Box Beef Hitting Highs, Cattle Income Remains Low

Meat packing plants have been ordered by the President to remain open but that doesn't mean they will be operating at full capacity. Several that are closed right now could take time to come back online. It continues to impact the supply chain and affect prices paid at the grocery store. It also hurts producers’ bottom lines.

The cattle industry will receive some COVID-19 relief. The National Cattlemen’s Beef Association sent a letter last week to the U.S. Department of Agriculture urging against payment limitations for cattle producers under the Coronavirus Food Assistance Program (CFAP). Details are still pending on how it will all work.

However, the latest shock to the industry is the daily boxed beef price. On Thursday, it hit a record of $364.62. That is a jump of $30 over Wednesday, a two-thirds increase from the lows in February. For the cattle and hog producers scrambling to find places to process their livestock, the financial losses have been significant.

“Box beef is at $364 and the packer is bidding us 95 cents on the limited amount of cattle that they are buying,” says Iowa cow-calf producer and feedlot operator, Phil Reemtsma. “When the plants get back up and moving, wouldn’t it make  more sense for the government to say, ‘hey, [packers] how about instead of paying 95 cents when boxed beef is at $364, how about you guys pay $1.20 or $1.25 and make them pay [producers to make them whole] rather the government bailing them out. Wouldn’t that make more sense to have the packers pay [cattle producers] a fair price for their cattle? Why does the government have to bail us out? Make the packers bail us out.”

Here’s what it was a week earlier, as well.

The daily spot Choice box beef cutout ended the week on Friday, April 24 at $293.37, which was $54.38 higher compared to previous Friday. That is highest number ever recorded before the total this week. Last year, it was $232.99 on the same Friday.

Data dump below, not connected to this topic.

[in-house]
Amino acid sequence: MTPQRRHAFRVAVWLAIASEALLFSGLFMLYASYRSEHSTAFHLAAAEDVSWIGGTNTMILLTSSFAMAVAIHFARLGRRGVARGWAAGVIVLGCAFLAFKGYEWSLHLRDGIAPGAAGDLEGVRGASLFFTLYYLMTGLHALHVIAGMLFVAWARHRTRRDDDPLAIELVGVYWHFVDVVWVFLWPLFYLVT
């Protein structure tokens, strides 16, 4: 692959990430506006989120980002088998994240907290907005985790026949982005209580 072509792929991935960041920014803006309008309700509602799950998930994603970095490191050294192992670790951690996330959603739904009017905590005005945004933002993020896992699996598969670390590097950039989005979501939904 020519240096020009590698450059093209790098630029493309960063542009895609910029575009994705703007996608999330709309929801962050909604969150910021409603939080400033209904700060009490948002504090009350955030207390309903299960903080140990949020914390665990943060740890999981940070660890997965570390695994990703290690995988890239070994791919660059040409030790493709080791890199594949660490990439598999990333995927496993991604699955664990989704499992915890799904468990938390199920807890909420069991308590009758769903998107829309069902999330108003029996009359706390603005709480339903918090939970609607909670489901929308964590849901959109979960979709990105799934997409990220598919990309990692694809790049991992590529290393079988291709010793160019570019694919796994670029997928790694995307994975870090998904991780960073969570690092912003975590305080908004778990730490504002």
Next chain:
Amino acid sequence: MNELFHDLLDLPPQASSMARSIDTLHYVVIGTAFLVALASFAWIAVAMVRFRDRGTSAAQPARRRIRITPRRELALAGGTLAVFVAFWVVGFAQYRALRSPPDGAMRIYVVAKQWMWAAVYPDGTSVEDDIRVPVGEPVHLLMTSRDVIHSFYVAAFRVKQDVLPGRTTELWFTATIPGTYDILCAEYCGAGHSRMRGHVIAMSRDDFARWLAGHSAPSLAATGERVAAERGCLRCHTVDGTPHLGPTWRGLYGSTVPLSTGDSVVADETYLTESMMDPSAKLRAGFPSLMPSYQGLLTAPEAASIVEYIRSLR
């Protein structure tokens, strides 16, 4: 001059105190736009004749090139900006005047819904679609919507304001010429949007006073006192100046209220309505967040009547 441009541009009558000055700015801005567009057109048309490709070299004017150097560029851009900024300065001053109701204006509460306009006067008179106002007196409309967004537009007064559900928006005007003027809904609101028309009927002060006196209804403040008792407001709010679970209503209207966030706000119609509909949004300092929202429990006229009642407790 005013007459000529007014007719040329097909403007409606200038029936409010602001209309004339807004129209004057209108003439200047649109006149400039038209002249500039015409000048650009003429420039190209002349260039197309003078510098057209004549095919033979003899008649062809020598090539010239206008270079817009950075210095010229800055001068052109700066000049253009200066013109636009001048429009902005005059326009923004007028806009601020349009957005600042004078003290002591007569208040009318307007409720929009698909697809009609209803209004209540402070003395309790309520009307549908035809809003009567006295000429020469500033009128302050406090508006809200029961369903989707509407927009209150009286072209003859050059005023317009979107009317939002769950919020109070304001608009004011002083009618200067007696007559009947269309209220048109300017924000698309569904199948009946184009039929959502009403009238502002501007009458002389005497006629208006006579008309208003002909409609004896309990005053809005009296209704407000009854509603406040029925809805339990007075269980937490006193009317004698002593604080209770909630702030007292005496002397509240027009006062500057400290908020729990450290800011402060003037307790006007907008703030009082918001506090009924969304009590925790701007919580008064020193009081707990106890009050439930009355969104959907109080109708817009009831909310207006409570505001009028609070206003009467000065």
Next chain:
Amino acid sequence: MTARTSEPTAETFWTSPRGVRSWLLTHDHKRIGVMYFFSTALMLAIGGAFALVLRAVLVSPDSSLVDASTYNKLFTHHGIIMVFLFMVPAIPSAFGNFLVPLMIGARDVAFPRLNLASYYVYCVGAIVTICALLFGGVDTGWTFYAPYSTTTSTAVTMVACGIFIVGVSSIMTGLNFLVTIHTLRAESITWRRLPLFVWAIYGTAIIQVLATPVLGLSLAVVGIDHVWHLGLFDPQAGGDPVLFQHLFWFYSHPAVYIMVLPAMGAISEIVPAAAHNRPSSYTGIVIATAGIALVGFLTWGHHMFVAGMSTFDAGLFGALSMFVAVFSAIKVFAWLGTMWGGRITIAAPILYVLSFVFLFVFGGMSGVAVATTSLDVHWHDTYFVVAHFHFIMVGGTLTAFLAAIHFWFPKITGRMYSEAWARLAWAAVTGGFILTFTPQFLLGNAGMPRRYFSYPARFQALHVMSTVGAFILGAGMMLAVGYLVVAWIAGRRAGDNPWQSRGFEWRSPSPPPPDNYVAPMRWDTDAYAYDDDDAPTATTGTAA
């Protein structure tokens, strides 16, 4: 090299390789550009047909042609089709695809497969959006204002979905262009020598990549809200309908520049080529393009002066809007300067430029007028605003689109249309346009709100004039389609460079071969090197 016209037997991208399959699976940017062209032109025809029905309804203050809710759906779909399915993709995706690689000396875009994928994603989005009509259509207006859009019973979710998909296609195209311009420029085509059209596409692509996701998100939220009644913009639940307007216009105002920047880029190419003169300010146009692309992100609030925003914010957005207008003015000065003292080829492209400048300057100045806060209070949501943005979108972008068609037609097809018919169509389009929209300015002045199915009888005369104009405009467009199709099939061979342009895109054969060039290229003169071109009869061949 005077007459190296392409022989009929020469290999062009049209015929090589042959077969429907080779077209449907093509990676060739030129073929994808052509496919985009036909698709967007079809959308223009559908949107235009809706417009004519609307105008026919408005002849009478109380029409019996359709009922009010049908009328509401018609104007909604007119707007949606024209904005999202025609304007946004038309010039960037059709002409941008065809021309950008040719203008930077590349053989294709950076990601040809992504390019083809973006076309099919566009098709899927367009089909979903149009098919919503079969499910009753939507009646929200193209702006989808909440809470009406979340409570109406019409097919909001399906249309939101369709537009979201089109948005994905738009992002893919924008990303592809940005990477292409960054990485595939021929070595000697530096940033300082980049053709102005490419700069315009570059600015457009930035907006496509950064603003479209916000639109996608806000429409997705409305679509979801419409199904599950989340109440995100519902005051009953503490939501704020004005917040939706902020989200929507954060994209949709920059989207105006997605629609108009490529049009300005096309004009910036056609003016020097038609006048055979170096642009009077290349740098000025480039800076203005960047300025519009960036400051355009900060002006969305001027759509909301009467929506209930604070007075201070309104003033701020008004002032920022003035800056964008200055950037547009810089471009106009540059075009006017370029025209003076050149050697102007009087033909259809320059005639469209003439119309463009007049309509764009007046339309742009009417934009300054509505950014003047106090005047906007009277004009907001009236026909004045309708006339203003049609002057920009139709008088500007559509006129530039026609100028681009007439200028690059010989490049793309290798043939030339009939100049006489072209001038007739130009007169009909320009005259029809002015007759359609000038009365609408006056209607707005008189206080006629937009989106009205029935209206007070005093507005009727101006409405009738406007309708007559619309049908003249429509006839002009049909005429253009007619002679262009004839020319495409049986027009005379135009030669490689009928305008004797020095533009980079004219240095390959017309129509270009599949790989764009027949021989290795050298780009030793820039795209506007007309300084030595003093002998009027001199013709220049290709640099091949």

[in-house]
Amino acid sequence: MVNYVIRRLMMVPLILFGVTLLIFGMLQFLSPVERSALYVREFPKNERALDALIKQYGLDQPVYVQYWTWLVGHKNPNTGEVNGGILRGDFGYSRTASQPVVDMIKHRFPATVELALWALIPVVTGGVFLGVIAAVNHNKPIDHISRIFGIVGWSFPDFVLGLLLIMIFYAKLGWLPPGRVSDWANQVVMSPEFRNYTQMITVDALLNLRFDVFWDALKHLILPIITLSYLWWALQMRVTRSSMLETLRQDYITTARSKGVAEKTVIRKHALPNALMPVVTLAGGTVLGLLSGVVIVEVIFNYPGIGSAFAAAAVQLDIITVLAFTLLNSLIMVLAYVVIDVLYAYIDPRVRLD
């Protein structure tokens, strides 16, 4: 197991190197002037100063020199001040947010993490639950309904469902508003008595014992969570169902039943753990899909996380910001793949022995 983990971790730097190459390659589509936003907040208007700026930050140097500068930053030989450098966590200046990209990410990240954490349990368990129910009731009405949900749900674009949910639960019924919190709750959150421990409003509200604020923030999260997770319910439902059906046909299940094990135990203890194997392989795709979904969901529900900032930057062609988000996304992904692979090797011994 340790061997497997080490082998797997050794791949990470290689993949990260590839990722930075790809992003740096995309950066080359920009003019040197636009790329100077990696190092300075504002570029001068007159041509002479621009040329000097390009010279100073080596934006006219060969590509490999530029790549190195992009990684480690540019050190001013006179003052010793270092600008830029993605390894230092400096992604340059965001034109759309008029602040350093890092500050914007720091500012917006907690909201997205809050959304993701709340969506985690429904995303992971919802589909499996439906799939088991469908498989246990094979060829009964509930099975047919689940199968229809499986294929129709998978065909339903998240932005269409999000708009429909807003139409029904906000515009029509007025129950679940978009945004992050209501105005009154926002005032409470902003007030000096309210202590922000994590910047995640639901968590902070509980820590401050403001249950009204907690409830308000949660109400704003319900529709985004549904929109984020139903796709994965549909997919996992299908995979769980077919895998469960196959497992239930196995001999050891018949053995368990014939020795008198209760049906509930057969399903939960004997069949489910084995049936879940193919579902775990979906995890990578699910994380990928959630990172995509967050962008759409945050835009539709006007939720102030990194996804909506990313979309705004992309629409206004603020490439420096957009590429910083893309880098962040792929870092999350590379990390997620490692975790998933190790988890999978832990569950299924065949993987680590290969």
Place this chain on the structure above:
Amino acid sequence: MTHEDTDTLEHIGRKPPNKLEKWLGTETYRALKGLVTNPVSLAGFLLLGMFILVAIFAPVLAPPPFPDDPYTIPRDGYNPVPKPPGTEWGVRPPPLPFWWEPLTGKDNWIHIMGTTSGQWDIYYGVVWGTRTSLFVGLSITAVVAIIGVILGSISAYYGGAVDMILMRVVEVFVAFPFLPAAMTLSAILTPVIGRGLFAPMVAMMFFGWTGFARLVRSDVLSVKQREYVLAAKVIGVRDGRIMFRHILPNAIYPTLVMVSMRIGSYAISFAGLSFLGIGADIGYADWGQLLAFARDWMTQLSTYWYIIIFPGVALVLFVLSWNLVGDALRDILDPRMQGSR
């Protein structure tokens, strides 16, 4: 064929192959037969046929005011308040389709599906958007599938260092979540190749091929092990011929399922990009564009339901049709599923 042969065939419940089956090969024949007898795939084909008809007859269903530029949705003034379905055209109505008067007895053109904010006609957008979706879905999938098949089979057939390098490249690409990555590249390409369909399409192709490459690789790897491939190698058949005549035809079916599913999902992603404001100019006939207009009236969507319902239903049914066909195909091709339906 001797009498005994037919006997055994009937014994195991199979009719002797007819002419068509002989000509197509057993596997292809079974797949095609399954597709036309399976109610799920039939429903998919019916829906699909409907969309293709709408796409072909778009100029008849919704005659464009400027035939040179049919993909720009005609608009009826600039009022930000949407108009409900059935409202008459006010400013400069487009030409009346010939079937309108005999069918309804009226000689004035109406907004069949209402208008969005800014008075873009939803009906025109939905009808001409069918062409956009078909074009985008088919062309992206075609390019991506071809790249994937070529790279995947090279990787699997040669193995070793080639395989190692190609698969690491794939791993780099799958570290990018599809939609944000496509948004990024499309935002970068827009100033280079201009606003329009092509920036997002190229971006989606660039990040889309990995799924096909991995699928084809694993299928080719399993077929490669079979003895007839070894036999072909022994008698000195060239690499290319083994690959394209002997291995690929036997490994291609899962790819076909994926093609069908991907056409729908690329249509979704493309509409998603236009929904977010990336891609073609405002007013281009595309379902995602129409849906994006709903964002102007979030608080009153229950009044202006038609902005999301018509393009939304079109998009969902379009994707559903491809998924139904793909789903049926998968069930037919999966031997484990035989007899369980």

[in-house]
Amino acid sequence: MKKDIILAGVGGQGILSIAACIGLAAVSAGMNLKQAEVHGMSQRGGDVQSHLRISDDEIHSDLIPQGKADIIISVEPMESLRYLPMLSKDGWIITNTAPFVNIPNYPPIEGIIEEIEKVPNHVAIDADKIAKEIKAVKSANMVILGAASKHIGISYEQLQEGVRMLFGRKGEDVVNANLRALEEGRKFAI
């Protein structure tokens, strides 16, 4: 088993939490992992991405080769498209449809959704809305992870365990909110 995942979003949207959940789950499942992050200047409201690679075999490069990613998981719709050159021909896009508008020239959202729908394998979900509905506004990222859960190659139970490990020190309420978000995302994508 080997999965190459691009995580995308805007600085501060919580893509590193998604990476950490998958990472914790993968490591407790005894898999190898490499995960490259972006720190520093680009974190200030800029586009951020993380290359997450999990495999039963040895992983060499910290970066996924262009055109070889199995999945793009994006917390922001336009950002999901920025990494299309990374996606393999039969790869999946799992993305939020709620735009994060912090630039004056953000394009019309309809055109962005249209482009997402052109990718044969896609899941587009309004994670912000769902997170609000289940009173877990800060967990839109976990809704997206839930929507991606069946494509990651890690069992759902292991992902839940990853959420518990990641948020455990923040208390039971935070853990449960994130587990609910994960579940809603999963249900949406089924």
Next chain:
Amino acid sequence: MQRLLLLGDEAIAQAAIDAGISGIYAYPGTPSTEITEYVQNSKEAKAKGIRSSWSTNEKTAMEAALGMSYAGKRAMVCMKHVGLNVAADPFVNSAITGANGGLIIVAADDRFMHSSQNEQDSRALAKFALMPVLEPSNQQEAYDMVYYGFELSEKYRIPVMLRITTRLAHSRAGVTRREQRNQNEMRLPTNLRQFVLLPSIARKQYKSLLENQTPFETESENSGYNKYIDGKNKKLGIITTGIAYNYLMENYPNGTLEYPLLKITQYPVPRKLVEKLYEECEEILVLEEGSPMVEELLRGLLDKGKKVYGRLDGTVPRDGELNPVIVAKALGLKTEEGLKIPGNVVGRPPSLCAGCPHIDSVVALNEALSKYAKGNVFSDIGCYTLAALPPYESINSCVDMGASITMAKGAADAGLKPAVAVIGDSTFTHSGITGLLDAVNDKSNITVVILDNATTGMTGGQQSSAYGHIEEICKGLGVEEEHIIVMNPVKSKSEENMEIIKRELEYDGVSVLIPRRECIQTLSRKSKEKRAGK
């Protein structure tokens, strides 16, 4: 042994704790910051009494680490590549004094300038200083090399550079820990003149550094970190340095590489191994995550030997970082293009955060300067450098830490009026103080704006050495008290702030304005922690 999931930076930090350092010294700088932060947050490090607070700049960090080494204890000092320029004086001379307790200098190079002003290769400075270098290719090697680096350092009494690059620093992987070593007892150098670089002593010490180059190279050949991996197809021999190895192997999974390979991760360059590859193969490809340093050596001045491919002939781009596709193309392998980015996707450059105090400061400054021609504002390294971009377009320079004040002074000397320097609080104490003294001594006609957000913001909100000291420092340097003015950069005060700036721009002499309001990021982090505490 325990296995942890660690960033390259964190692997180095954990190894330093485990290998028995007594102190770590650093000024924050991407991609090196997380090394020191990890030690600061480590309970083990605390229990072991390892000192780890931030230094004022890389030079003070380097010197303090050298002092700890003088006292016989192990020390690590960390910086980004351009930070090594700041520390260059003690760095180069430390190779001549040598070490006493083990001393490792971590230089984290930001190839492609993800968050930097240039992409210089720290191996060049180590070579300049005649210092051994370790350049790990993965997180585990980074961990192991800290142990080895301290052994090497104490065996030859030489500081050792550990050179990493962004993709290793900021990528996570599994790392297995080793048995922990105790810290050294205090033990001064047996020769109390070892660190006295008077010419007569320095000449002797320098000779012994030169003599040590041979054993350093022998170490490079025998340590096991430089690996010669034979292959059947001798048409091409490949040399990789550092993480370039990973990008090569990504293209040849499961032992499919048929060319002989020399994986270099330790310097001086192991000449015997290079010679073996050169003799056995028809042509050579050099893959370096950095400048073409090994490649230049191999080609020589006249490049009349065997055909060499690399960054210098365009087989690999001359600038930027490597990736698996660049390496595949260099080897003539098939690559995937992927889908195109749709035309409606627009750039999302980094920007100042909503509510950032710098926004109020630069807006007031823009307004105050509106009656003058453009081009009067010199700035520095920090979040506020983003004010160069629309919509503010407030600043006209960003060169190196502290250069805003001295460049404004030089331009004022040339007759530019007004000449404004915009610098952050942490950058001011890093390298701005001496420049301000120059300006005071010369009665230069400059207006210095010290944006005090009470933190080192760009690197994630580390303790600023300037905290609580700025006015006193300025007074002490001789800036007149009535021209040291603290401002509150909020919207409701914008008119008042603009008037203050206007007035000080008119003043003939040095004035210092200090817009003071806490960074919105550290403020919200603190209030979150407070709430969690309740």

The slaughter decrease means packer demand is much lower and prices paid to producers are down too.

“Producers lost $260 per head last week on a cash basis,” says Drovers editor, Greg Henderson. “Packers as we know the beef cut soared higher last week. Packer profits were in that $770 per head range. Again, [the economists and companies who calculates these numbers] emphasis [how] we do not know the cost structure change at the packing plants has been since COVID-19. We know it has increased their cost. Still, we know that the packer profits are excessive.”

In March, cattle producers were seeing a $24 per head profit.

Now, a group that says it fights for the independent U.S. cattle producer is calling for change. R-CALF sent a letter to President Trump. The group is calling for leaders to conduct a review of the beef supply chain and look into whether a restructuring of the meatpacking industry is needed.
R-CALF talks about the seriously depressed prices for America’s cattle farmers and ranchers in the letter:
“Now, the coronavirus upheaval has intensely worsened the financial and economic conditions of America’s cattle farmers and ranchers. Many will not make loan payment deadlines and many of those will not survive without immediate intervention.”

Drovers reports over the past two weeks, harvest capacity at the nation’s beef packing plants have slowed to nearly 60% of its normal levels. Companies like Tyson Foods have warned of meat shortages. Some ag economists say the longer processing plants shut down, the bigger impact it will have on availability.

Lee Schulz, an economist at Iowa State University, says shoppers could see higher prices. He says the meat may also be packaged a little differently.

“Those may be large packages that were intended for food service that now are at the grocery store,” says Schulz. “If you have the freezer space, are you prepared to buy full loins? Are you prepared to buy several racks of ribs or large packages of bacon instead of one pound packages of bacon? The product mix may certainly be different and there may not be some certain products or brands available when you go to the grocery store.”

What is the situation right now at the auction barn for producers? Bob Larkey is the owner of Maquoketa Livestock Sales in Iowa. Bob says he used to call auctions six times a month. Now, he’s down to just one. He has been auctioning cattle for 60 years. He says he’s selling less than half of what he normally sells.

“You can only lose money for so long,” says Larkey, owner of Maquoketa Livestock Sales. “Sooner or later, you have to say, ‘Whoa.’ I’ve seen some lower drops but never nothing like this that affects everybody.”

For producers, the situation is just as dire. Larry Johnson is the owner of Johnson Family Farms, also in Iowa. He says he normally sells 500 to 800 cattle every week.

“We have sold nothing the last five weeks,” says Johnson.



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